Monday, May 07, 2007

Patently Obvious

The Economist has a nice report on the recent US Supreme Court patent decisions, KSR International v Teleflex and Microsoft v AT&T.

" How non-obvious an idea needs to be to qualify for a patent has long
vexed America's legal minds. The invention had to be “something more
than the work of a skilled mechanic,” the Supreme Court opined in 1850.
In 1941 it set the bar higher, requiring a “flash of genius”. In 1952
Congress loosened the standard, stating that the idea simply needed not
to be obvious “to a person having ordinary skills”.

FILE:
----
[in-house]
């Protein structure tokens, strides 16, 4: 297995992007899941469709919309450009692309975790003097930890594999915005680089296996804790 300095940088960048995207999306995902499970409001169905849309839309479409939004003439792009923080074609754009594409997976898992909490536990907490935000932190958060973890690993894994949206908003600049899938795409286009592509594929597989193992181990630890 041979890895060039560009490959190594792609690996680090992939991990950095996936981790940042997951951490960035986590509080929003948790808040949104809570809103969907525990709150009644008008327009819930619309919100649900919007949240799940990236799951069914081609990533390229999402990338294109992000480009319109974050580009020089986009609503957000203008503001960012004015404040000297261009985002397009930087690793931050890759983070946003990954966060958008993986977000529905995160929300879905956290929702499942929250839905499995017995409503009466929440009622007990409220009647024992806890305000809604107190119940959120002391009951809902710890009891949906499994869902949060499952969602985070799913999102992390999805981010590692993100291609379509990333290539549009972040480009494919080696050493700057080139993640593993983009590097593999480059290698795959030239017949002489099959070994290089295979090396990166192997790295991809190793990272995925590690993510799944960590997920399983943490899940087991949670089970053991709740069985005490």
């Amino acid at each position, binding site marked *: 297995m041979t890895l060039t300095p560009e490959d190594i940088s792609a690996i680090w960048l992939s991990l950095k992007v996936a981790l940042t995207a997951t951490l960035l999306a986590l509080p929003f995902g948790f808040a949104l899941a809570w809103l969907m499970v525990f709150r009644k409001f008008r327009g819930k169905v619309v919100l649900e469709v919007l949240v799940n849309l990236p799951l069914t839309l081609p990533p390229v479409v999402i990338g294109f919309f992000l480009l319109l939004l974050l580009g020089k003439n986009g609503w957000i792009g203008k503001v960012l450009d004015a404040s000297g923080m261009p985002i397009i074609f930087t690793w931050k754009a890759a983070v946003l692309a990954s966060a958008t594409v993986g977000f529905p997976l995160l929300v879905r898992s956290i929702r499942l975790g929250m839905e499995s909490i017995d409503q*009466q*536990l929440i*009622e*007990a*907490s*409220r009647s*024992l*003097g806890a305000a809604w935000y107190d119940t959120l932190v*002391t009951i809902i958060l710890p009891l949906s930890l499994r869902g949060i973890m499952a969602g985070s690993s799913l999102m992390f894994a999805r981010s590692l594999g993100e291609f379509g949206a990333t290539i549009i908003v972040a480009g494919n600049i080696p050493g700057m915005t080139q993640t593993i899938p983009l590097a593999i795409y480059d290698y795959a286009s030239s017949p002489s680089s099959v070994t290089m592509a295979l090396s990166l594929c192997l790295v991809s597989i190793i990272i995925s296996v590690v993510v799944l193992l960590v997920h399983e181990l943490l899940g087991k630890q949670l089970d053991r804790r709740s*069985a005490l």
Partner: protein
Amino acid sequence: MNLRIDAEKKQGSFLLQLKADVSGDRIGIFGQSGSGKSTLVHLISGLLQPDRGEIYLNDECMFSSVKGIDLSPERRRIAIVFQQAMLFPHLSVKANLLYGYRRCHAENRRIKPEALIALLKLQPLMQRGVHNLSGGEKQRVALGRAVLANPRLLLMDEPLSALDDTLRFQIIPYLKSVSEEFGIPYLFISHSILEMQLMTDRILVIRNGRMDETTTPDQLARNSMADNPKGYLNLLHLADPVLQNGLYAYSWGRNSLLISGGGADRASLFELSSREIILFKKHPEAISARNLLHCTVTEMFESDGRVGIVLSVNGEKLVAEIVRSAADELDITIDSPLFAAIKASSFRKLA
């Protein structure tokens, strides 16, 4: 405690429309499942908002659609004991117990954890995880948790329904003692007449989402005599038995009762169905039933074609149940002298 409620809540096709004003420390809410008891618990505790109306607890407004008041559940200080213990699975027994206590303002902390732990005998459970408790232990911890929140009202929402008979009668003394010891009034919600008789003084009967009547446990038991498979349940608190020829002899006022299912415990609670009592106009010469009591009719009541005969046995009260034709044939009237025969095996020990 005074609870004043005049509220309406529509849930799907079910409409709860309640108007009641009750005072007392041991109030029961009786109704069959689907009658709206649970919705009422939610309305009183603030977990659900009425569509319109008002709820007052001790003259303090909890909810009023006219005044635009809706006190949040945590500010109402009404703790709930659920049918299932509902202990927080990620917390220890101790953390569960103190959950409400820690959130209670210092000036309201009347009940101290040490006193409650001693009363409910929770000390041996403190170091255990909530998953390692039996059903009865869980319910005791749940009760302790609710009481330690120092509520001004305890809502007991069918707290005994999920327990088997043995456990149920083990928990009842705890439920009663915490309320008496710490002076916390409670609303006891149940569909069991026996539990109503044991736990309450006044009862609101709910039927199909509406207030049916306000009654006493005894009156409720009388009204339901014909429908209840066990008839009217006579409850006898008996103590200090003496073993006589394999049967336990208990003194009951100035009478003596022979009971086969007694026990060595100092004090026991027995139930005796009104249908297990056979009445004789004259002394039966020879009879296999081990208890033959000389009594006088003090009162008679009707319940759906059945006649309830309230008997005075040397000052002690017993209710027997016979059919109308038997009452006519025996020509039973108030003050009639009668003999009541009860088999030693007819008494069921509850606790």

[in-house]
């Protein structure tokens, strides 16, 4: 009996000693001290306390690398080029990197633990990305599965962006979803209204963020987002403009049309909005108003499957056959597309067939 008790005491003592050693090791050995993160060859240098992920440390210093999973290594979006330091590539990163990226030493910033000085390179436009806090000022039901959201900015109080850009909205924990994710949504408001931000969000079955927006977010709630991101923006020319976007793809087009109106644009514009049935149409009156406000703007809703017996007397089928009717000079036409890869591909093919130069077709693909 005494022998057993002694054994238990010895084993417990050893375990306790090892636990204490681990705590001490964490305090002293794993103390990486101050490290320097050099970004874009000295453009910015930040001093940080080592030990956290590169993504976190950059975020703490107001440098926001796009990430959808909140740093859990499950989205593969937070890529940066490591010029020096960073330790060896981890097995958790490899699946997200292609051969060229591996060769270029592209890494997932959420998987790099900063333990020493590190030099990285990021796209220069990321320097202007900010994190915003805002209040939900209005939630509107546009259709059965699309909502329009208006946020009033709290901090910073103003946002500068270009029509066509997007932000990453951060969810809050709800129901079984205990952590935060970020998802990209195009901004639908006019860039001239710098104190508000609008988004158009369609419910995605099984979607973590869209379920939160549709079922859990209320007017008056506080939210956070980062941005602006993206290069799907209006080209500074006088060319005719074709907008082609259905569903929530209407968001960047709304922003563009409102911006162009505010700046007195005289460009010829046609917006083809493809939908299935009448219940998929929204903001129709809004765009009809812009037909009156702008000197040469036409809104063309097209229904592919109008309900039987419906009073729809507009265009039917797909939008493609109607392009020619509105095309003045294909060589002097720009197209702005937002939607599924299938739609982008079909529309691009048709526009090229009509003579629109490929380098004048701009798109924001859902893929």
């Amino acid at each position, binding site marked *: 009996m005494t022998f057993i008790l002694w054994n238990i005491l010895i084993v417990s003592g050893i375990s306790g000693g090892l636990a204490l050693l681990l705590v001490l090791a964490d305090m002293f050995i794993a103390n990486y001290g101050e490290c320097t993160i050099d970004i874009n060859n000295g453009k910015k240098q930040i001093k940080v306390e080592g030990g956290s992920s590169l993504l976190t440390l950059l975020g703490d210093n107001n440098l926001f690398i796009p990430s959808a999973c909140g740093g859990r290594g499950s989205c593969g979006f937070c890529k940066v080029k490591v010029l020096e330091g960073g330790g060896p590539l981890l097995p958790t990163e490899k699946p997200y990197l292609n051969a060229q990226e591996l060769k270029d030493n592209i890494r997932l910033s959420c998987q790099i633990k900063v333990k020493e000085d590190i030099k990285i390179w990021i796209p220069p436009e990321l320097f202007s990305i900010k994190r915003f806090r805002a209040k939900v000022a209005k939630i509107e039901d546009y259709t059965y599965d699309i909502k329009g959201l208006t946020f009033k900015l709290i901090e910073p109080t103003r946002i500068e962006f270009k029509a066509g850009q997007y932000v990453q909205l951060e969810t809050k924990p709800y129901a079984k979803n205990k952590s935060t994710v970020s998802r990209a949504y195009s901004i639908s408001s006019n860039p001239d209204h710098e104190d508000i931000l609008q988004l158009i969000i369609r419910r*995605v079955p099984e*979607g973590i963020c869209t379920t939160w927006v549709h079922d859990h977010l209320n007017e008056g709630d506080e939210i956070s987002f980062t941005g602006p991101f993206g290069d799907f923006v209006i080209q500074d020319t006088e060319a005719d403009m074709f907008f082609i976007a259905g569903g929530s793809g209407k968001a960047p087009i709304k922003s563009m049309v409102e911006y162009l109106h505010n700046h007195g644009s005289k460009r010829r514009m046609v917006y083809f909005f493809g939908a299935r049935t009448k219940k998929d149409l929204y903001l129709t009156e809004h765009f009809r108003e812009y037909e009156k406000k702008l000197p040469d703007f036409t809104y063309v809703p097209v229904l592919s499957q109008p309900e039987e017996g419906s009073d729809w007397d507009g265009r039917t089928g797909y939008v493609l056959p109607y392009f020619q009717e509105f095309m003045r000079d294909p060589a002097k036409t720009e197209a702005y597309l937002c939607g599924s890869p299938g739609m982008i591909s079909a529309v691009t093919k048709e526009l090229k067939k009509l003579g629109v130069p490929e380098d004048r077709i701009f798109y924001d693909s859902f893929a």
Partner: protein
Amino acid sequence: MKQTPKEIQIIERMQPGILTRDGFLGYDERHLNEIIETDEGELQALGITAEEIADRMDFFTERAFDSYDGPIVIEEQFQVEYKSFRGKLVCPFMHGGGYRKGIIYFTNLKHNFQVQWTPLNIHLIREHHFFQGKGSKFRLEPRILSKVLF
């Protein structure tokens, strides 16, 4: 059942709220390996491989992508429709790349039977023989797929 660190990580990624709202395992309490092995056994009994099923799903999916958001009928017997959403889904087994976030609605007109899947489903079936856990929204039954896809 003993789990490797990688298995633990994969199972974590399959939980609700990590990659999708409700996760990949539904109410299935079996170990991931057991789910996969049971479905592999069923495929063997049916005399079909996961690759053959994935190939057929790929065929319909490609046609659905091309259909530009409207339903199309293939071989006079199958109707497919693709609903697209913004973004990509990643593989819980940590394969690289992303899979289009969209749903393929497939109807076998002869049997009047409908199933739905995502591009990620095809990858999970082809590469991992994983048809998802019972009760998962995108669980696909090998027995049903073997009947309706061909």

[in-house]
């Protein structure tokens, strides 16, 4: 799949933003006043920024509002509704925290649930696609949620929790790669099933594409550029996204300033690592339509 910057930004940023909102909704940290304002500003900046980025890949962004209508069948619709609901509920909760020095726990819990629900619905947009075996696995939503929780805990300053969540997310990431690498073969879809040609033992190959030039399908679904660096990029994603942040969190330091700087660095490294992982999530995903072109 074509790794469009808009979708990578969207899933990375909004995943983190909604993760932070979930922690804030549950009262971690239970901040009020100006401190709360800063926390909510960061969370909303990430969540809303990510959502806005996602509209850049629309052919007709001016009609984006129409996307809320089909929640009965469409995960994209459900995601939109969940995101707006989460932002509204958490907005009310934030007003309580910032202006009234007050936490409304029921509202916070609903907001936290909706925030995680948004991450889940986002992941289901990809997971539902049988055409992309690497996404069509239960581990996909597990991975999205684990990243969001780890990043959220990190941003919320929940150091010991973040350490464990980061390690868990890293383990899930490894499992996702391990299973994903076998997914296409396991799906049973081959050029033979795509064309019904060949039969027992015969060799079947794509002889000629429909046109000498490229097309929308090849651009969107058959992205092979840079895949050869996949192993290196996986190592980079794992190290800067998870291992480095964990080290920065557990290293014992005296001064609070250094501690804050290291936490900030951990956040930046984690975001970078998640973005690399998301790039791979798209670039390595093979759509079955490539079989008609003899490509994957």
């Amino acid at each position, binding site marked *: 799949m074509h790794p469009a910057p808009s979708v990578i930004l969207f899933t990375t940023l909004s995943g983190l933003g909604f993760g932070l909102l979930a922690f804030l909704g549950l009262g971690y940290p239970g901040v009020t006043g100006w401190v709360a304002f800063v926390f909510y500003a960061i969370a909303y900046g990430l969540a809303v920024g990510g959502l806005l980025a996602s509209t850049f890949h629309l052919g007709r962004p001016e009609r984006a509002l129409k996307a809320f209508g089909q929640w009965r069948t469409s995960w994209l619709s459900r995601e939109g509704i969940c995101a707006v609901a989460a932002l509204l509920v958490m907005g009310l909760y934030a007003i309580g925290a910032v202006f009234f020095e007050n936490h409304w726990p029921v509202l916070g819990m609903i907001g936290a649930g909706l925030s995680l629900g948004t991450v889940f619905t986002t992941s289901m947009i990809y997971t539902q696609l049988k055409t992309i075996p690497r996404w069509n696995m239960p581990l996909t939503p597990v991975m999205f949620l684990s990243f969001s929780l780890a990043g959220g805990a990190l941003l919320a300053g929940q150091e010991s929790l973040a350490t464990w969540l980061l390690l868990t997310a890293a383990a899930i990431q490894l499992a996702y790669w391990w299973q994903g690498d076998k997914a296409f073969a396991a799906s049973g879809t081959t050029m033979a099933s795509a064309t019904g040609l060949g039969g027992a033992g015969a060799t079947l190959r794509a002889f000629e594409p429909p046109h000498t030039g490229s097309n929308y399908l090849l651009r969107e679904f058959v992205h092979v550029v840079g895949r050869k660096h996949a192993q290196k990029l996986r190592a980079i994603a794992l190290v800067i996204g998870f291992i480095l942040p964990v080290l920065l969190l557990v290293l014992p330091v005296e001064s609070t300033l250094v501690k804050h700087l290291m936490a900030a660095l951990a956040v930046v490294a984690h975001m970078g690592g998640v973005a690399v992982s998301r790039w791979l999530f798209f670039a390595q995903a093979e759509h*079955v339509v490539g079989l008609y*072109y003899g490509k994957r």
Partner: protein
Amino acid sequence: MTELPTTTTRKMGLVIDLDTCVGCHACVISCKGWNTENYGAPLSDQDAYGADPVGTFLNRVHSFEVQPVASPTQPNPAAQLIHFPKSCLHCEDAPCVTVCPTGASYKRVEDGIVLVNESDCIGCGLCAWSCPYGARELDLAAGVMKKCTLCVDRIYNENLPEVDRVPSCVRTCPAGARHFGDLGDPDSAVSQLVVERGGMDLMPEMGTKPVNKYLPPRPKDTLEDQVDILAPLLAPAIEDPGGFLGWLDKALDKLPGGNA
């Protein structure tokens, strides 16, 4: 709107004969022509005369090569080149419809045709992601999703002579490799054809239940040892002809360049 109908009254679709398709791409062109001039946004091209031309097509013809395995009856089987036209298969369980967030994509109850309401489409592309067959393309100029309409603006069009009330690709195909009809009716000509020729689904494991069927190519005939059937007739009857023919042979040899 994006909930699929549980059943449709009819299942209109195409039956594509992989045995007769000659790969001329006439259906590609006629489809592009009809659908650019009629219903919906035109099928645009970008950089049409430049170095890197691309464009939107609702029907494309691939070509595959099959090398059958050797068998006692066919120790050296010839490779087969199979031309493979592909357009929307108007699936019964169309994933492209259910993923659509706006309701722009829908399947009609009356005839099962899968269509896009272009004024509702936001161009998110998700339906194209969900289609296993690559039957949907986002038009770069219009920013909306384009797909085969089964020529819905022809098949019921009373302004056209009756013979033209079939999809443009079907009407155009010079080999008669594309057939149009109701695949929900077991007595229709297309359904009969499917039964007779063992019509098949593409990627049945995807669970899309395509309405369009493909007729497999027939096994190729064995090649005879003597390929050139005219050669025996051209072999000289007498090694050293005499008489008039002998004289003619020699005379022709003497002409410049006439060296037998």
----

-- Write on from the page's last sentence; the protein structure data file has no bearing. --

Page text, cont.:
This week's ruling provides the contours of a modern patent policy, by
implicitly stating that inventors ought to be familiar with practices
from other fields and that combining existing technologies is not
enough, says Dominique Guellec of the Organisation for Economic
Co-operation and Development. It may thus end the boom in reviled
“business-method patents”, which often entail the application of
obvious things, such as shopping or auctions, to an online setting."

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